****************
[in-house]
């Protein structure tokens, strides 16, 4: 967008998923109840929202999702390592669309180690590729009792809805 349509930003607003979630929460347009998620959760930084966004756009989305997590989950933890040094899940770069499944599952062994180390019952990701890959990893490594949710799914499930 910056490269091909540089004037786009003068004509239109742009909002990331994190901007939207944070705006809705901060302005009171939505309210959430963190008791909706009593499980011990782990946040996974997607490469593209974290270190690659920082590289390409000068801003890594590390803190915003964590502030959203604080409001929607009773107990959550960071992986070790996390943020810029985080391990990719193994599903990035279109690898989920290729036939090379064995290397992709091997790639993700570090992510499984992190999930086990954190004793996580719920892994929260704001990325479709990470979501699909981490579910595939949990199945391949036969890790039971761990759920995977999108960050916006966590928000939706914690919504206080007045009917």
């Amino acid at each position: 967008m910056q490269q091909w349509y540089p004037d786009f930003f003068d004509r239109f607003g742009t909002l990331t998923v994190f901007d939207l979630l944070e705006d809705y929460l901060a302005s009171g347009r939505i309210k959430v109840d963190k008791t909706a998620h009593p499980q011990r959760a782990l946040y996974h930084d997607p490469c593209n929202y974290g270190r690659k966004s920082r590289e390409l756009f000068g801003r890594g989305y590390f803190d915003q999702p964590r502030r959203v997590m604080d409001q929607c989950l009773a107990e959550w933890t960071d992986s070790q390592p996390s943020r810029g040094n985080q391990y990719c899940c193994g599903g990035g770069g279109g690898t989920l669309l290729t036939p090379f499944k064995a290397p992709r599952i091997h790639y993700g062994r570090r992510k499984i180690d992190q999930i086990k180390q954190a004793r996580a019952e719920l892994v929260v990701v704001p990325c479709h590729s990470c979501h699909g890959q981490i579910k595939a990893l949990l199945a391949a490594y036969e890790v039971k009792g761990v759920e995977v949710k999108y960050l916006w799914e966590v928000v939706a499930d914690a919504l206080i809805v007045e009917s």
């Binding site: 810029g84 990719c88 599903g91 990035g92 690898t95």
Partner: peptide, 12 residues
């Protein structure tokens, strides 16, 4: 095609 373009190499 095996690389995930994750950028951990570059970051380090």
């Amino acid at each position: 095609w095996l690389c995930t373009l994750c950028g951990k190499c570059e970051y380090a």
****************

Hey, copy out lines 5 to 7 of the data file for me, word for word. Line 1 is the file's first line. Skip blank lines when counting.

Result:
Partner: peptide, 12 residues
């Protein structure tokens, strides 16, 4: 095609 373009190499 095996690389995930994750950028951990570059970051380090």
């Amino acid at each position: 095609w095996l690389c995930t373009l994750c950028g951990k190499c570059e970051y380090a």